NATO TO KEEP EYE ON LITHUANIAN PROGRESS
NATO Secretary-General Lord Robertson told Lithuanian Defense Minister Linas Linkevicius in Brussels on 16 November that the alliance will closely watch Lithuania's further progress, defense spending, and its fulfillment of commitments as part of its membership bid, ELTA reported. Robertson emphasized that year 2001 will be significant for candidate states because as early as next spring the alliance will begin assessing how ready they are to become members. He praised Lithuania's active participation in the Membership Action Plan, particularly its contribution to NATO missions in the Balkans. Linkevicius said that the talks focused on Lithuania's financial commitments in getting ready for NATO, and he quoted Robertson as saying that "ships swimming slowly will simply sink." SG
POLISH PARLIAMENT REJECTS RESTITUTION REFERENDUM MOTION
The Sejm on 16 November voted by 228 to 190 with two abstentions to reject a motion on holding a referendum on returning property confiscated under Poland's communist rule, PAP reported. The referendum would have asked questions about the form, scope, and costs of the restitution of such property. The motion, spearheaded by the opposition Democratic Left Alliance and the Peasant Party, was intended to sharply limit compensation for illegally nationalized property (see "RFE/RL Newsline," 17 October 2000). The vote means that the parliament will continue to work on the government's plan to offer former owners or their direct descendants compensation in bonds or property equal to 50 percent of the property's value. JM
BALCEROWICZ TO GIVE UP PARTY LEADERSHIP
Leszek Balcerowicz told the 17 November "Gazeta Wyborcza" that he will not seek re-election as head the Freedom Union at the party's planned congress in December. Balcerowicz's decision paves the way for him to be appointed governor of the National Bank, once the bank's current head, Hanna Gronkiewicz-Waltz, becomes vice president of the European Bank for Reconstruction and Development. Poland's National Bank head is proposed by the president and approved by the parliament. JM
CZECH PRESIDENT VETOES LAW BANNING FORMER COMMUNISTS FROM HIGH OFFICE
Vaclav Havel on 16 November vetoed the parliament's decision to uphold a law banning former high-ranking Communists and agents of the former communist secret police from holding positions in state administration. Havel's spokesman Ladislav Spacek told AP that the president decided not to sign the law and returned it to the lower chamber of parliament because it would further delay an urgently needed law on state administration. The Czech parliament voted in September to extend the validity of the law until special legislation on state administration is adopted. The EU has urged the Czech Republic to expedite the reform of state bureaucracy as a necessary condition for joining the union. A law banning Communists from holding state office was adopted in 1990 and prolonged in 1995; it is due to expire on 31 December. JC
CZECH FOREIGN MINISTER SAYS TEMELIN DISPUTE TO BE RESOLVED BY YEAR'S END
Jan Kavan said on 16 November that the Czech Republic and Austria are working to resolve their dispute over the nuclear power plant at Temelin by the end of this year, CTK reported. According to the Czech foreign minister, the next summit between Czech Prime Minister Milos Zeman and his Austrian counterpart, Wolfgang Schuessel, is tentatively scheduled for 11 December. Last week, Zeman had canceled bilateral talks scheduled for later this month owing to Austrian activists' continued blockades of Czech-Austrian border checkpoints. Those blockades ended three days later ("RFE/RL Newsline," 7 and 10 November 2000). JC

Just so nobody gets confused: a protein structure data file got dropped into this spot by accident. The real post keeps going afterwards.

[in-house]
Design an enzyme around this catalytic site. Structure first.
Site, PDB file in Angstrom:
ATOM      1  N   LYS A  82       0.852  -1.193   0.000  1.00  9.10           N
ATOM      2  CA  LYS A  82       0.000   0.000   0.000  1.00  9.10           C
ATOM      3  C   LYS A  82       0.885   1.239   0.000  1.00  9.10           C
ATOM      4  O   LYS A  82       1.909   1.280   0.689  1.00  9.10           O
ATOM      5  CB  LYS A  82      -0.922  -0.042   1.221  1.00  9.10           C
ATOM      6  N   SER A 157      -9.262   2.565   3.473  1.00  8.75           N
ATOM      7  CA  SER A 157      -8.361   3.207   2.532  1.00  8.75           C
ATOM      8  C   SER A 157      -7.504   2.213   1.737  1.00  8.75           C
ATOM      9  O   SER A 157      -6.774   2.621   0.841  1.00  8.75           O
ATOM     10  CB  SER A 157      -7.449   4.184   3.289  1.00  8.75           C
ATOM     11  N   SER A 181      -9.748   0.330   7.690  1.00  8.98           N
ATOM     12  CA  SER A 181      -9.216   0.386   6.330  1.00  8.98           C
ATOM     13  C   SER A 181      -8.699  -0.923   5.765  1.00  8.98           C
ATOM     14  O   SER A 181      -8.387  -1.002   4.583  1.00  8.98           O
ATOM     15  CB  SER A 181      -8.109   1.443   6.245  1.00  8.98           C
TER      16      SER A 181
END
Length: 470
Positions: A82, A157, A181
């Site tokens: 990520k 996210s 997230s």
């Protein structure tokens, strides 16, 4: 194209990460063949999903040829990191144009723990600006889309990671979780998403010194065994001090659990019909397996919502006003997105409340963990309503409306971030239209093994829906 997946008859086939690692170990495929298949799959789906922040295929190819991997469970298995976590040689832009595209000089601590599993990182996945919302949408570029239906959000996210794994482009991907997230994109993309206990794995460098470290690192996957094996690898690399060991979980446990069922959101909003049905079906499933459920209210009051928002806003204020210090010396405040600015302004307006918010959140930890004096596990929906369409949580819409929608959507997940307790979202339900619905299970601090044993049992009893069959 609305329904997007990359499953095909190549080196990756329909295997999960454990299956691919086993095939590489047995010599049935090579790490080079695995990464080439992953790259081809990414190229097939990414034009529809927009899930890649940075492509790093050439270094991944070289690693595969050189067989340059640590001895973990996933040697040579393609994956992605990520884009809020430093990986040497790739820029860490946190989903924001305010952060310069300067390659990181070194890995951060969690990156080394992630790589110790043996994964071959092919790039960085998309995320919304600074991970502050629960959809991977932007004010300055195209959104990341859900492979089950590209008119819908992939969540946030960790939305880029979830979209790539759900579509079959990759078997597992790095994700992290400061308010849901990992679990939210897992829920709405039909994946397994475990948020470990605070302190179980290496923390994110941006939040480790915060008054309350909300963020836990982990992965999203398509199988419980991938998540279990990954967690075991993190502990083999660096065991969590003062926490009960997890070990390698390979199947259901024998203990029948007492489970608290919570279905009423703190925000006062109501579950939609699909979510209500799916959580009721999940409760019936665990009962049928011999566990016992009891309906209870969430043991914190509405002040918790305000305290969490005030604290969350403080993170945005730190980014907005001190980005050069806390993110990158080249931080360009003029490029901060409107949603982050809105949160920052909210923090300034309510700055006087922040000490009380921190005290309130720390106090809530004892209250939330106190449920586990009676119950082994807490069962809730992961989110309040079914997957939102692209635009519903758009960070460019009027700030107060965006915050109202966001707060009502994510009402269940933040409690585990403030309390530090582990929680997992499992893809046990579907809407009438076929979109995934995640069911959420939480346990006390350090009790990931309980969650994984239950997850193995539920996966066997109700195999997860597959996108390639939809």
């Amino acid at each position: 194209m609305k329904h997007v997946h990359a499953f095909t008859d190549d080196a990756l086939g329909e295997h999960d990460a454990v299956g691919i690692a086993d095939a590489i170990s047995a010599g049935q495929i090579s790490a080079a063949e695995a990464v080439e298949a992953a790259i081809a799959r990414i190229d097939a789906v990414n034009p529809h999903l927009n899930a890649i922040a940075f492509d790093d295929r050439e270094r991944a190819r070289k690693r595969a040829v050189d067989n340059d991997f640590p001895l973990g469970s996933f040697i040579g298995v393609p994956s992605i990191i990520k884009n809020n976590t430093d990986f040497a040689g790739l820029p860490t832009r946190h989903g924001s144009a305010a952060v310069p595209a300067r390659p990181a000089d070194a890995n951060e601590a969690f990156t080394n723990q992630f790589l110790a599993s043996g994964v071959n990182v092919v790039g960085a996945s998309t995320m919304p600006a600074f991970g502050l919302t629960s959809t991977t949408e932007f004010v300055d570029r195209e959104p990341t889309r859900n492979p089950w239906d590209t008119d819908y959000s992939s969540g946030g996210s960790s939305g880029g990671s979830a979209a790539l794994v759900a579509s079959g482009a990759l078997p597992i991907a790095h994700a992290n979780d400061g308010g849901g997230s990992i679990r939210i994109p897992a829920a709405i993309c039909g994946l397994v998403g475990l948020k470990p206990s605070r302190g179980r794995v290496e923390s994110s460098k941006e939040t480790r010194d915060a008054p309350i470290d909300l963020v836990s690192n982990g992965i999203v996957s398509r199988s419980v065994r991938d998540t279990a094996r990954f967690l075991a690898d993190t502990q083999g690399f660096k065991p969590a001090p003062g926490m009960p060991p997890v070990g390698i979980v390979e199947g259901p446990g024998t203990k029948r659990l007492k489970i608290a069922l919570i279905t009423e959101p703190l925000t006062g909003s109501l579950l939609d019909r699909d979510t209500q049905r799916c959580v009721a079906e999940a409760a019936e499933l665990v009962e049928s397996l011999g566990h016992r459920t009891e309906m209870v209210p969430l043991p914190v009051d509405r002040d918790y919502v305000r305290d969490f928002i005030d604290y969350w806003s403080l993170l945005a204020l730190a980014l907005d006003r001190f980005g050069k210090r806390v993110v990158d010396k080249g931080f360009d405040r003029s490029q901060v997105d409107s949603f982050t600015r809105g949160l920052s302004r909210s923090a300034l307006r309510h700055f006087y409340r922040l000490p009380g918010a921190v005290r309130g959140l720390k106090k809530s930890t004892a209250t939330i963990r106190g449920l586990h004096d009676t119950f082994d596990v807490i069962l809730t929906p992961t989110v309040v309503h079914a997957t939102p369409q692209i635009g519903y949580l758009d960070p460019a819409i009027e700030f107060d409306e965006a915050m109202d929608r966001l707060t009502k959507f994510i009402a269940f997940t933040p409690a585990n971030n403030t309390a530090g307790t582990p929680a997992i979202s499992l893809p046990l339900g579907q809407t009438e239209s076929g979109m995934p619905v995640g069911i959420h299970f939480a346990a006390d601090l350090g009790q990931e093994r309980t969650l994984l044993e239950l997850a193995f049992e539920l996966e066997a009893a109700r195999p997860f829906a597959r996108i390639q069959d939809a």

SLOVAK EDUCATORS PROTEST 'UNBEARABLE SITUATION'
Some 4,000 people held protest rallies in Slovakia's eight regional centers on 16 November to protest "the unbearable situation in education," TASR reported. The protesters called on the government and the parliament to speed up the adoption of a law on public service, amend the Labor Code, raise their wages, and allocate adequate financial resources for education in the 2001 budget. They threatened to launch a nationwide strike if their demands are not met. The Trade Union of Education and Science Employees, which organized the protest, is to decide on 30 November on further action. JM
SLOVAKIA WANTS TO CONCLUDE EU ENTRY TALKS BY 2003
Slovakia would like to see all its EU entry negotiation chapters opened in 2001 and to close them "preliminarily" the same year, so as to wrap up the integration process in 2002, TASR reported on 16 November, citing a government report. "The government will take all necessary steps to pass a new constitution, start public administration reform, and all remaining tasks necessary for the progress of Slovakia's accession to EU," the report said. JM
HUNGARY'S 'GREENS' PROTEST LIGETVARI'S DISMISSAL
Representatives of some 40 environmentalist groups staged a demonstration outside the parliament building in Budapest on 16 November to protest the dismissal of Environment Minister Ferenc Ligetvari (see "RFE/RL Newsline," 8 and 10 November 2000). Speakers at the demonstration said it has become apparent over the past 10 years that environmental protection does not matter to any political party. Protesters read an open letter to Prime Minister Viktor Orban saying he should make a distinction between political compromise and opportunism, since the latter could have serious domestic and foreign policy consequences. The decision to sack Ligetvari--who will remain in office until the end of the month--was made because of a conflict with the Smallholders' party. MSZ
YUGOSLAVIA TO RENEW RELATIONS WITH U.S., U.K., FRANCE, GERMANY